Thursday, April 14, 2005

Rugova insists on direct recognition of Kosovo independence - Slovene daily

ext of report in English by Slovene news agency STA

Ljubljana, 14 April: Kosovo President Ibrahim Rugova has told a Slovene paper he believes the ball is in the international community's court when it comes to Kosovar independence.

So much has changed in Kosovo since NATO intervened in 1999 that the province is very close to independence, Rugova told Thursday's [14 April] edition of Delo.

Asked about the most optimistic predictions that Kosovo could become independent in the next year, Rugova said it was now up to the international community to take the next step.

Outlining his vision, he said UNMIK [UN Interim Administration Mission in Kosovo] will remain in the province for some time, but only as an observer. Moreover, Kfor [Nato-led Kosovo Force] and NATO would continue to function, while Kosovo would form its own army, with a set number of soldiers.

Rugova is convinced that after the US, EU and UN recognize Kosovar independence, its neighbours would follow suit.

Rugova maintains that the direct recognition of Kosovo independence would be the best option, as this would cause barriers to independence to come down on their own.

Kosovo has made democracy-building its priority, Rugova underscored, adding that he was confident the province would succeed in these efforts.

Stability and protection of minority rights are the most important factors in this, he stressed.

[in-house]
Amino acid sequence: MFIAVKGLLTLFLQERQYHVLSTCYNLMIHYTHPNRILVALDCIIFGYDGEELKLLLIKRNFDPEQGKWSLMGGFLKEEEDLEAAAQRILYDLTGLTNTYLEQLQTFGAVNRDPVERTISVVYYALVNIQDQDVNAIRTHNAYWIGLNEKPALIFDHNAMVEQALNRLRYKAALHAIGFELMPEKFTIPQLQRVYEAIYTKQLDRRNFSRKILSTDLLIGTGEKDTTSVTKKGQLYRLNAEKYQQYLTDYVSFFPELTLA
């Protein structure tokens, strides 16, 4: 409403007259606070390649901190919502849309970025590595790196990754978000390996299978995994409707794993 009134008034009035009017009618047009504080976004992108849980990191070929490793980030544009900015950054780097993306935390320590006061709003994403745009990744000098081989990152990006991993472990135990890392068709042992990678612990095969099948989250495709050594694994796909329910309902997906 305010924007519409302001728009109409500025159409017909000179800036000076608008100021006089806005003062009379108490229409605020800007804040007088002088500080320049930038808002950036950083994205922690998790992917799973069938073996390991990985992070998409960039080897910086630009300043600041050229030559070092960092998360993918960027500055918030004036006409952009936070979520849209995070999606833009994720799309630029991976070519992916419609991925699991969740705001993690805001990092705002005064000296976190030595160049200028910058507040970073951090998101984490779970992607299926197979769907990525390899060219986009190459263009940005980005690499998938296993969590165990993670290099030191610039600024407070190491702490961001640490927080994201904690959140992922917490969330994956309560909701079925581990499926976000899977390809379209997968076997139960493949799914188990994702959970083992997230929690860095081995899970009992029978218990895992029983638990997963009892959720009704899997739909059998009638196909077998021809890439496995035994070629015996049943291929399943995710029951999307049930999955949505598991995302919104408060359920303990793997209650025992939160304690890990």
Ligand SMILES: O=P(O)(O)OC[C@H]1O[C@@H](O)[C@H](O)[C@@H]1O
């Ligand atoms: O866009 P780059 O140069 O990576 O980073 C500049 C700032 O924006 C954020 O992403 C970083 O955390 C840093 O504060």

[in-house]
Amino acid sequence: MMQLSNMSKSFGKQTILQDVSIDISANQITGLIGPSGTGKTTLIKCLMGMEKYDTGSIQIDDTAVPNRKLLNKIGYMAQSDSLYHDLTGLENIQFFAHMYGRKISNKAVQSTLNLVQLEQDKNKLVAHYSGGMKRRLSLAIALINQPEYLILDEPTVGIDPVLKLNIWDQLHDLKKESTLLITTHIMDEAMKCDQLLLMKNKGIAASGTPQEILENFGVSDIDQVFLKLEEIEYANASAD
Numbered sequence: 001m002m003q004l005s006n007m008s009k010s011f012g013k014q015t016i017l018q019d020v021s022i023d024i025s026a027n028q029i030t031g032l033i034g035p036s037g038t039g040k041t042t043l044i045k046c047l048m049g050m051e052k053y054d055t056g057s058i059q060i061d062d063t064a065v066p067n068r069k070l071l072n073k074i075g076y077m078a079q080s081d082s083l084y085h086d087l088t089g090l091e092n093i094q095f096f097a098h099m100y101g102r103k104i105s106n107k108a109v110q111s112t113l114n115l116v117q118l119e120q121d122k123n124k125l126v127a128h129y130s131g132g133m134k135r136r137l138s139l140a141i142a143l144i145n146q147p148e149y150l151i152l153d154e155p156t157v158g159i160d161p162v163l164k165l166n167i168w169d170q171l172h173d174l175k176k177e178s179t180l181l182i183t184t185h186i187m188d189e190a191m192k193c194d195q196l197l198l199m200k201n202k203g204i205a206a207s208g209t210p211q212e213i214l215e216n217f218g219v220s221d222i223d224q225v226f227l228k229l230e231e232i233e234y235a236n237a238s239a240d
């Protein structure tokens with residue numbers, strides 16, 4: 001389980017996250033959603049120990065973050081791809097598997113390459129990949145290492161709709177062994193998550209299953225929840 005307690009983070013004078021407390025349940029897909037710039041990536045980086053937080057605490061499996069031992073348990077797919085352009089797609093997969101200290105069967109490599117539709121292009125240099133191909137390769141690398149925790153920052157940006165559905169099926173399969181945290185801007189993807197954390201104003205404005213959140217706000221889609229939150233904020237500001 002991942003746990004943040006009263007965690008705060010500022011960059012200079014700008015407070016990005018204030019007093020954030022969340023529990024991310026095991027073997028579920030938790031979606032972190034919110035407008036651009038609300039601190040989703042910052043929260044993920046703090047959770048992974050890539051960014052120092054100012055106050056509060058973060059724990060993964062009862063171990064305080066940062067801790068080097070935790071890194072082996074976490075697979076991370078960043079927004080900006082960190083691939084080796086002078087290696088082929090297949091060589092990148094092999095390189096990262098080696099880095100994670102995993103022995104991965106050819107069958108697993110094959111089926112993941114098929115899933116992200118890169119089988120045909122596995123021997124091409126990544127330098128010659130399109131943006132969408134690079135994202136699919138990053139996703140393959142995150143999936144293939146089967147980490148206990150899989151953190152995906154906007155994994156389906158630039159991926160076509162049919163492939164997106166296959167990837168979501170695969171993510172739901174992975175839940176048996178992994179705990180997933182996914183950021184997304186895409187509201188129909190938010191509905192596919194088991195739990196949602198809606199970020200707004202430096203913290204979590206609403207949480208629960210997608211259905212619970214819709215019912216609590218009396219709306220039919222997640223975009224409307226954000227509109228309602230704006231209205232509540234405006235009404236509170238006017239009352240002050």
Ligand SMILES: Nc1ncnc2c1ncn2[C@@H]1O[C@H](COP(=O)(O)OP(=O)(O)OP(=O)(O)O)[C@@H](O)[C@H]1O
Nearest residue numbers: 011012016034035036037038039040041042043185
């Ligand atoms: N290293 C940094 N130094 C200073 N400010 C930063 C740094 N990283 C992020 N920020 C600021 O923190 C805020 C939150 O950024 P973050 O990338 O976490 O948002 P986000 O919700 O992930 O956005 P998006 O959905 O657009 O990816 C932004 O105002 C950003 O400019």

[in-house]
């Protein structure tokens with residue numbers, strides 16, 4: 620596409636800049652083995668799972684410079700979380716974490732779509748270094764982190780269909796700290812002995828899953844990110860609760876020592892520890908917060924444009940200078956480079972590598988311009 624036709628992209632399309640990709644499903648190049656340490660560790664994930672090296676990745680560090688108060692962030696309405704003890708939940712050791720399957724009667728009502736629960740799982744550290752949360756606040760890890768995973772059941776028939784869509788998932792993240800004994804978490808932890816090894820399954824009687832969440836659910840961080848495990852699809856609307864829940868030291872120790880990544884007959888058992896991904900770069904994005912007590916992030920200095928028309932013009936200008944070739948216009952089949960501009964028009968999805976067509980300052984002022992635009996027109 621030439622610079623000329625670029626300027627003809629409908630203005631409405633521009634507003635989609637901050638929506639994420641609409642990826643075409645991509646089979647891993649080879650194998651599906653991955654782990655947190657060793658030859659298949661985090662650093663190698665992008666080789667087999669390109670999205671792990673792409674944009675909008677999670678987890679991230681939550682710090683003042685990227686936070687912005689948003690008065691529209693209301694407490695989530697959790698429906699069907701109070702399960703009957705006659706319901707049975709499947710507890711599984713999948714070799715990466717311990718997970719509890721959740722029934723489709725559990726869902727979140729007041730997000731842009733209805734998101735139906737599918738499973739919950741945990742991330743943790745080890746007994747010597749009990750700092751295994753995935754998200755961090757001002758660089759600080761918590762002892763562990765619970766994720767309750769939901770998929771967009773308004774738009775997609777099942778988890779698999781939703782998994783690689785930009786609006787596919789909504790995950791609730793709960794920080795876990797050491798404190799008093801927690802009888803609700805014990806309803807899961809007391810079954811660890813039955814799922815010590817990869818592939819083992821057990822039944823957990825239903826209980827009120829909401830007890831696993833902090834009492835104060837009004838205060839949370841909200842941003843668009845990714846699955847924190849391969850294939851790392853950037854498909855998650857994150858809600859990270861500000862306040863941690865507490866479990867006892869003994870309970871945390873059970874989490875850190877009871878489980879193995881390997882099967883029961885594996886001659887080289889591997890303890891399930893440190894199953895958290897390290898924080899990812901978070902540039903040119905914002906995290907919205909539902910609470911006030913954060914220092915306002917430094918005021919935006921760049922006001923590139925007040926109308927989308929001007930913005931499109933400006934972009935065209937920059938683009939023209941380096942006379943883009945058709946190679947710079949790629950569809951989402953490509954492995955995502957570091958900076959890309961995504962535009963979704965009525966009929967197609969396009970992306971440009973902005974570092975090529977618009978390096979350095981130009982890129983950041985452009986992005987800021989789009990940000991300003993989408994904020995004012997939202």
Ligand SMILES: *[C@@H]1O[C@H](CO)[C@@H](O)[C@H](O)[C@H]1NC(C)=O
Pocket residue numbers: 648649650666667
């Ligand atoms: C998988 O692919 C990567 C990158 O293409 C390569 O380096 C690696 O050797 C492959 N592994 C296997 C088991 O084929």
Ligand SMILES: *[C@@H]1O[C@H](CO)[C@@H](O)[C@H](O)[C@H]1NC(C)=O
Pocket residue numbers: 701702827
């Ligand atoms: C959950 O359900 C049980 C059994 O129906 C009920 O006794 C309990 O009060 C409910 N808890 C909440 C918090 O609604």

Touching on the possibilities for the successful integration of Kosovo Serbs, Rugova said this process would be easier if Kosovo were already an independent state.

Moreover, he added that the province's officials will have to be careful as they may be subject to provocations, particularly from neighbours.

Rugova believes it will take time before the two communities are able to live side-by-side in peace.

He underscored that seats in the Kosovo parliament have already been set aside for Serbian minority lawmakers, as have three ministerial positions. Moreover, the Serbian minority has the right to a special budget, he said.

According to him, dialogue with Belgrade is poor. Officials in Serbia can express their opinions on Kosovo, but they have no right to dictate the political process in the province, he said.

Rugova reiterated that he would be willing to negotiate with Belgrade only after Kosovo is an independent and internationally-recognized state.

Source: STA news agency, Ljubljana, in English 0850 gmt 14 Apr 05

No comments: